Of course, we’re just the loyal, paying customer….what do we know?

Green Lantern Corps #18

The Upshot From DC Comics: Part 10 of the "Sinestro Corps War" storyline. In this issue, the Guardians of the Universe have chosen a new Ion, and his first mission is to confront one of the deadliest member of the Sinestro Corps...the newly christened Superman Prime!

Yet again, we have a situation where that clusterf**k called Countdown has again gotten in the way of the only DC Comics “event” that has actually been good this year by spoiling the outcome.

The big showdown between Superman Prime and the new Ion of the Green Lantern Corps, Sodam Yat of Daxam, was a foregone conclusion even before we read the first page as it’s been revealed that Super-Prime is flying around the multiverse with a black suit and a bad haircut.

New GLC writer Peter Tomasi is a competent writer but former GLC writer Dave Gibbons deserved to finish out this part of the Sinestro Corps storyline. Countdown spoilers aside, this was a very busy issue—in part to overscripting by Tomasi—but even with the overabundance of inner monologue, the fight between the Ion and Prime was quite unsatisfying thanks to quite obviously rushed art by Patrick Gleason and Prentiss Rollins.

These guys are usually much better than this but we get the sense this battle, this chapter of the Sinestro Corps storyline was an 11th hour add-on designed to rundown the clock. After 22 pages of meaningless fisticuffs, returns the situation to status quo and even if the greater continuity gods had destined Ion to lose, we had hoped for a better showing.

The salvation of the issue was the inter-sliced flashbacks of a young Sodam Yat on the planet Daxam.

Although he is part of a very closed, xenophobic people, young Sodam’s encounter with an alien taught him about life beyond the stars and his alien friend’s demise at the hands of the Damamites just hardened his resolve to leave the planet to explore—until a Green Lantern ring chose him and his life in the Corps began.

The art during these origin flashbacks by Jamal Igle and Jerry Ordway was top notch. Despite the shaky start, we think Tomasi will be able to build upon the solid foundation that Dave Gibbons has built and take this title to the next level.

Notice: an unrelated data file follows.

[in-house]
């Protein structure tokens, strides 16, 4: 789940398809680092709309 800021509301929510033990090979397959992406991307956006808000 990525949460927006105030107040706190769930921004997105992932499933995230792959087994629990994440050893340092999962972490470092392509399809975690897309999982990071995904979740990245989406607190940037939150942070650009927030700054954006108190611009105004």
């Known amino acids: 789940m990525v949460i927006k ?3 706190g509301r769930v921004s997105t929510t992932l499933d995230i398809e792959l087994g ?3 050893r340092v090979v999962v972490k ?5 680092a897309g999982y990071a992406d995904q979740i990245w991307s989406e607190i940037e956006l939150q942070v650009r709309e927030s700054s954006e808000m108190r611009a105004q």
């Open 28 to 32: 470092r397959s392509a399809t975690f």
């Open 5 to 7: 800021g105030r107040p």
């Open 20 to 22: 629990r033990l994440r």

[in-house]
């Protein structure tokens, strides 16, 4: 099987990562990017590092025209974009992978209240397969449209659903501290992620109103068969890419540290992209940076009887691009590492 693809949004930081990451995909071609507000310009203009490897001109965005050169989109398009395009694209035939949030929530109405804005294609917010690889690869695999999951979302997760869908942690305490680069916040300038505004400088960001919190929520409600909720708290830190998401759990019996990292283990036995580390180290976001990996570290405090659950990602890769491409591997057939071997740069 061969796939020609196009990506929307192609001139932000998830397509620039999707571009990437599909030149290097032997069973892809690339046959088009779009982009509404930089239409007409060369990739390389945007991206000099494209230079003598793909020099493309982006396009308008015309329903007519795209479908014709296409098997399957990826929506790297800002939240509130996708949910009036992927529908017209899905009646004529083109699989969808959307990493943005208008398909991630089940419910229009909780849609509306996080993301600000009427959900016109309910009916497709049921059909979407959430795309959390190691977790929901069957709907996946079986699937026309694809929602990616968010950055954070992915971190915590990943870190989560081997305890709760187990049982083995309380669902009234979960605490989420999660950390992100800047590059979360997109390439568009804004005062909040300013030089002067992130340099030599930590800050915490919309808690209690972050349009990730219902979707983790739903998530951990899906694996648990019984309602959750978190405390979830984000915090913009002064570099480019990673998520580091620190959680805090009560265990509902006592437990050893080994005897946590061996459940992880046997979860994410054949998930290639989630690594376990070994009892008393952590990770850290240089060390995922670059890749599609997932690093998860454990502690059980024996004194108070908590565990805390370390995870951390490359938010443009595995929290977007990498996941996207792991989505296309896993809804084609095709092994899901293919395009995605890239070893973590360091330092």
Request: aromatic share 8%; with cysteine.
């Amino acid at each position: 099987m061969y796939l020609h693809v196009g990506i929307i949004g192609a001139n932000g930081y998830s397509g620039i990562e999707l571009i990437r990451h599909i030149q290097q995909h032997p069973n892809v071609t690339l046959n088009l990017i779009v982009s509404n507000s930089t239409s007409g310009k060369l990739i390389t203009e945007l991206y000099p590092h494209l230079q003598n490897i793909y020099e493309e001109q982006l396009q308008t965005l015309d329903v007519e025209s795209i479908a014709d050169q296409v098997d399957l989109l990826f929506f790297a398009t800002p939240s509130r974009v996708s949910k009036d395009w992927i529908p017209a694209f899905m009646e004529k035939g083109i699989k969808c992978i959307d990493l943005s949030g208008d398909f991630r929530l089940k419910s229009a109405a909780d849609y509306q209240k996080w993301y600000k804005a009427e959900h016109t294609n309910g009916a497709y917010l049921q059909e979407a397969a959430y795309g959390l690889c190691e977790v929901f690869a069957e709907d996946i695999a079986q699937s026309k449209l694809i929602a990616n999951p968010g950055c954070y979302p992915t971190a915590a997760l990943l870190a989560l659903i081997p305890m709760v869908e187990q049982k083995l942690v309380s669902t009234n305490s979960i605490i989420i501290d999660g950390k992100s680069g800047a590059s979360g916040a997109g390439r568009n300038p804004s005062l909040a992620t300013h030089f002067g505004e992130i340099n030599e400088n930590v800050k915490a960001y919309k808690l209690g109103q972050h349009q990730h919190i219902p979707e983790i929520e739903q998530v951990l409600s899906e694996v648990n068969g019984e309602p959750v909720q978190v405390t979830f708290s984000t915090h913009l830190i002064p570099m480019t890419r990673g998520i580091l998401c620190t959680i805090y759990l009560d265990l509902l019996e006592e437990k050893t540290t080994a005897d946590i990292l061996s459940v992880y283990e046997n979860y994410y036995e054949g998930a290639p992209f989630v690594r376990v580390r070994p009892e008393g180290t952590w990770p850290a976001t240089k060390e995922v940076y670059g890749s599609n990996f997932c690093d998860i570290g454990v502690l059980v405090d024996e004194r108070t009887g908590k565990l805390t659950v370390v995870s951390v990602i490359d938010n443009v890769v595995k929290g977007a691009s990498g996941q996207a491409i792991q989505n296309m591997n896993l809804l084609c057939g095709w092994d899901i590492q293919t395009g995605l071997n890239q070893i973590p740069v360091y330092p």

Trials of Shazam #10

The Upshot From DC Comics: Sabina and Freddy race to find the hidden Mercury…as this test is about gaining his speed ability! And if Sabina finds him first, she'll be equal to Freddy in the ultimate Trials for Shazam's power!

Last issue we had remarked that the plotting and scripting of this series has been so good, so competent, that we actually wondered if someone else had been writing under Judd Winick’s name—as we can’t believe this is the same guy who wrote that god awful Titans East Special last month.

Well Winick couldn’t help but insert some his trademark annoying dialogue in there but he does keep it to a minimum otherwise the series is progressing along as the Trials of Freddy Freeman has become more of a race between Freddy and Sabina for the Power of Shazam.

We understand how the traditionalists are upset at this most radical interpretation of the Marvel Family/SHAZAM mythology but out of the box thinking was required.
But we think the perfect solution lies in reverting Billy Batson to the traditional Captain Marvel that we know and love and allowing Freddy Freeman to follow the path that Trials takes him—so as he avoids being a redundant blue costumed Marvel who can’t say his own name.

While we are quite pleased with the art of Mauro Cascioli, we are displeased that original mini-series artist Howard Porter can’t or wouldn’t see through the entire 12-issue series. It wouldn’t have killed DC to give us some sort of explanation.